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The Rise and Stall of Carbon Offsetting in London

July 12, 2021
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The Greater London Authority (GLA) introduced carbon offsetting for all major domestic developments[1] in October 2016, in line with Mayor’s plan to be a zero-carbon city.

Local Planning Authorities (LPAs) within the London Plan area are required to set up carbon offset funds and collect from developers to meet any shortfall in the reduction of carbon from new developments. The GLA monitors and reports this progress, with the latest progress reported for 2020. Nahla Abdalla takes a closer look at London’s progress towards carbon offsetting schemes established by local authorities.

The Big Picture

Since carbon offsetting mechanisms were put in place in London, nearly £90 Million in revenue has been collected or secured by legal agreement – the equivalent to 50,000 tonnes of CO2. These funds were collected from developments that have not met the net zero carbon target on site.

The payment is calculated by multiplying the cumulative carbon shortfall for a development by the offset price to confirm the required cash-in-lieu contribution. The GLA’s price for offsetting carbon to this point has been £60 per tonne calculated over 30 years. The carbon offset price (for regulated energy) introduced in the London Plan 2021 has now risen to £95 over 30 years, so effectively £2,850 per tonne. The implementation of the zero carbon and offsetting policies varies between all 35 London LPAs. All LPAs reported using a GLA-recommended carbon offset price for a 30-year period, except for Islington (£920/tonne CO2) and Lewisham (£104/tonne CO2) per annum.

Table 1 below shows the split between collected and ‘secured’ revenues across the whole of London and Table 2 shows the split by LPA.

Table 1 – Total value of carbon offset payments collected and secured since 1 October 2016

Total amount collected since 1 October 2016Total amount secured by legal agreement but not collected since 1 October 2016Total
£32,437,763£57,538,560£89,976,323

Table 2 – Breakdown of carbon offset payments collected and secured since 1 October 2016

LPATotal amount collected   since 1 October 2016Total amount secured by legal agreement but not collected since 1 October 2016
Barking & Dagenham£18,3700
Barnet£51,297£2,158,942
Bexley£68,000£517,508
Brent£531,246£382,980
Bromley£259,226£1,102,380
Camden£2,143,955£3,316,295
City of London Corporation£345,160£3,422,643
Croydon£1,424,000£3,684,000
Ealing£225,540Information not available
Enfield£321,998£94,900
Greenwich£600,874£1,355,378
Hackney£1,305,690£1,330,663
Hammersmith & Fulham£252,667£3,100,000
Haringey£755,060£2,866,594
Harrow£268,222£1,593,704
Havering£383,000Information not available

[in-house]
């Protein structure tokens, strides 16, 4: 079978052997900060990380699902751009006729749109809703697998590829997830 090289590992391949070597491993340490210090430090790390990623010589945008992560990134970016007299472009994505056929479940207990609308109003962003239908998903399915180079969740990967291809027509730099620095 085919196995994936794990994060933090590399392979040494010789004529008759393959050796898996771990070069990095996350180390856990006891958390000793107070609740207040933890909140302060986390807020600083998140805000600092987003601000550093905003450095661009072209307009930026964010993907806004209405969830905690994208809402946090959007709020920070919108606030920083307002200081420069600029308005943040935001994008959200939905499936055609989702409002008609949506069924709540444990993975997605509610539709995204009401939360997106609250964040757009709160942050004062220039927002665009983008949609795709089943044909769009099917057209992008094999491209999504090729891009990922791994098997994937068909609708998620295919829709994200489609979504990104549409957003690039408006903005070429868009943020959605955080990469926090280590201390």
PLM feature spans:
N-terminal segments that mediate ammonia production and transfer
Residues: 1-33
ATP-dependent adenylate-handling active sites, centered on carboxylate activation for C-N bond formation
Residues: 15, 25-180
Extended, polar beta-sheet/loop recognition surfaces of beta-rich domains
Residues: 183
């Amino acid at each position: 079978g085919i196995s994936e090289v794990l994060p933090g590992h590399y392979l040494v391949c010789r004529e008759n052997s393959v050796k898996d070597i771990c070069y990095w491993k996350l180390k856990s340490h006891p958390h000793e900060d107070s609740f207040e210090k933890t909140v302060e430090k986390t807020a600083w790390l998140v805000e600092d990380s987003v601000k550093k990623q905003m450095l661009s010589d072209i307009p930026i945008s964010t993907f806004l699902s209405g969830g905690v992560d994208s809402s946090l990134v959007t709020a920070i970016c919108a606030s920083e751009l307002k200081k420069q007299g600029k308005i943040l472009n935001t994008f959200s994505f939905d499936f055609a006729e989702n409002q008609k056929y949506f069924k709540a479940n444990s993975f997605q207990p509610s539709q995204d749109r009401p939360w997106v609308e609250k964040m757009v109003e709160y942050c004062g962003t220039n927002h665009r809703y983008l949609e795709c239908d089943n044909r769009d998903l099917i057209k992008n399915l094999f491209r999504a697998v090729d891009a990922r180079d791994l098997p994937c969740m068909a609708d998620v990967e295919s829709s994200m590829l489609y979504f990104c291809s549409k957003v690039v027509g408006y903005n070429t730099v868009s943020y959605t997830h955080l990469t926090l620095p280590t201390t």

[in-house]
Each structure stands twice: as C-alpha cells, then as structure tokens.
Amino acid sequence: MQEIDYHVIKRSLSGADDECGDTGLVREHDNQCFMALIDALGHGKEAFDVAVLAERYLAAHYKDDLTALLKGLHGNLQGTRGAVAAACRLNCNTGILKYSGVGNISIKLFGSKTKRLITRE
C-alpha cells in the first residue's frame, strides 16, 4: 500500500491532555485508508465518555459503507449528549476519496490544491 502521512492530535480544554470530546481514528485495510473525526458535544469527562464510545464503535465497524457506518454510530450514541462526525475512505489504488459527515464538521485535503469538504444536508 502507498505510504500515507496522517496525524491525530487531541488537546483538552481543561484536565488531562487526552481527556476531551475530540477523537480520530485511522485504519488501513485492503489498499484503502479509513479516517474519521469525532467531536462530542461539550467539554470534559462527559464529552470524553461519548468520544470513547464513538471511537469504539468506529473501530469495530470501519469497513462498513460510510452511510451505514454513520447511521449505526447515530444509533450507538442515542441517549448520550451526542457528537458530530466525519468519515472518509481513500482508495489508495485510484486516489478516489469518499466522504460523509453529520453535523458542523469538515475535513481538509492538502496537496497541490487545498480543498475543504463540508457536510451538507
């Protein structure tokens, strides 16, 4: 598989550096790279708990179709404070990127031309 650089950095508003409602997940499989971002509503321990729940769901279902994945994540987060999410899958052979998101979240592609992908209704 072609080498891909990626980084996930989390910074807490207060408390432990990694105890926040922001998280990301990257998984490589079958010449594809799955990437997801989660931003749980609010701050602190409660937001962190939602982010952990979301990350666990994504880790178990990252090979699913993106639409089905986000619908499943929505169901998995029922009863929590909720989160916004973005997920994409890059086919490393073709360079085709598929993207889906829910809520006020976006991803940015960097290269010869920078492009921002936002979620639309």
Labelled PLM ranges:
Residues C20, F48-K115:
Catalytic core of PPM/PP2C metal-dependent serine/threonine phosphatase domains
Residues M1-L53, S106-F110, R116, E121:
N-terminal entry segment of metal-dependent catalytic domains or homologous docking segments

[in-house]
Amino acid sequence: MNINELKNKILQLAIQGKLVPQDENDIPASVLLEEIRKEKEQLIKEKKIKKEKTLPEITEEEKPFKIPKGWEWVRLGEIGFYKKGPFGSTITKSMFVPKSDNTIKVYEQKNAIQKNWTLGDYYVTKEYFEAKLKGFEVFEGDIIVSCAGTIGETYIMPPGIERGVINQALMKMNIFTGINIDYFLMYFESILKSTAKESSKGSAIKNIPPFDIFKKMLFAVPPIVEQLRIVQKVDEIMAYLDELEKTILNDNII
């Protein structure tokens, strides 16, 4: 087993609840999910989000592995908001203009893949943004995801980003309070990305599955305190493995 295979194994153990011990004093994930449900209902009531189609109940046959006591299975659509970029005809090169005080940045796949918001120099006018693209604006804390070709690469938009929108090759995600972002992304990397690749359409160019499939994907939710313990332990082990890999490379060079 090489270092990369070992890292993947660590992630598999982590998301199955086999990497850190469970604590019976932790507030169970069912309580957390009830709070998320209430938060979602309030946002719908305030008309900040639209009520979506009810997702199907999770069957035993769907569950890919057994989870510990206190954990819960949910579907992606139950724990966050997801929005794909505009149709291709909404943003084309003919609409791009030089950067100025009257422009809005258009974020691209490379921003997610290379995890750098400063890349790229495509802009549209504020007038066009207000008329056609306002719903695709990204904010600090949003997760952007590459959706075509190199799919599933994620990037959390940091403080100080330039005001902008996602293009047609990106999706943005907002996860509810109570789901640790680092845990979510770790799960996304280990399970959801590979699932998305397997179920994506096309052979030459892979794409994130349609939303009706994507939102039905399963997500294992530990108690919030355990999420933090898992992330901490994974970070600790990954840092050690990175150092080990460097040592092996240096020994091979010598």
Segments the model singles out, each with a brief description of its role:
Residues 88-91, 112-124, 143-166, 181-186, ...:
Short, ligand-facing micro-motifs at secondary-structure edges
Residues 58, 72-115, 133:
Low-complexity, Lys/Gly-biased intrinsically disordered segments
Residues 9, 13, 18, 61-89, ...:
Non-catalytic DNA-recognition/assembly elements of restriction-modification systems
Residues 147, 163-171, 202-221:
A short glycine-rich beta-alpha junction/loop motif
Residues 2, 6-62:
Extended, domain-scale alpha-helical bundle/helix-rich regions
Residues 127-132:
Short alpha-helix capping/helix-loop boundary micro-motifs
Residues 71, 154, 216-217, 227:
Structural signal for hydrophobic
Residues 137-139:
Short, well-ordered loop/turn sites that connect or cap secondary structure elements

Hillingdon£900,000Information not available
Hounslow£747,941£2,037,945
Islington£7,231,489£3,176,127
Kensington & Chelsea£110,285£59,435
Kingston£319,819£353,166
Lambeth£186,224£4,019,201
Lewisham£236,196£833,264
London Legacy Development Corporation (LLDC)£130,000£130,000
Merton£139,259£282,817
Newham£684,061£3,012,836
Old Oak and Park Royal Development Corporation (OPDC)0Information not available
Redbridge0£240,762
Richmond on Thames£14,267£470,613
Southwark£1,933,249£4,868,915
Sutton0£44,037
Tower Hamlets£3,900,000£7,700,000
Waltham Forest£1,845,319£15,840
Wandsworth£405,348£2,897,615
Westminster£4,700,000£2,600,000

Tables 1 and 2 show that the amount that has been collected and is available for spending is 36% of the overall total, increasing from 22% in 2019.  However, this value will vary from year to year due for various reasons, including the time lag between securing of funds and their actual collection.

Table 3: Total carbon offset fund expenditure since 1 October 2016

LPAExpenditure
Camden£313,222  
City of London£14,382
Croydon£843,000
Enfield£200,000
Greenwich£9,960
Hackney£775,020
Hammersmith & Fulham£125,296
Hillingdon£250,000
Hounslow£364,415
Islington£6,335,439
Kingston£175,152
Lewisham£30,000
Merton£56,449
Tower Hamlets£3,100,000
Waltham Forest£849,387
Westminster£394,707
TOTAL£13,836,429

Of the 35 LPAs that have disclosed progress, only fifteen have reported they had begun spending their carbon offset funds, with one (Enfield) reporting that the funds were committed but had not been spent yet. Whilst there has been recent progress in terms of total expenditure and the number of LPAs spending (the number of LPAs has doubled since the 2019 survey), there is still significant way to go.

Barriers to Collecting and Spending Funds

Some of the key limitations to spending, include:

  • Limited staff resource reported by ten LPAs.
  • A greater accumulation of funds needed to support project delivery as reported by nine LPAs. However, this is changing as greater level of funds has been reported.
  • Four LPAs specifically cited the COVID-19 pandemic as slowing down their carbon offset fund activity.
Eligible types of Projects

To assess a project’s eligibility for carbon offset funds, LPAs should follow existing internal procedures to ensure it represents value for money and is deliverable.

Figure 1 – Eligible projects funded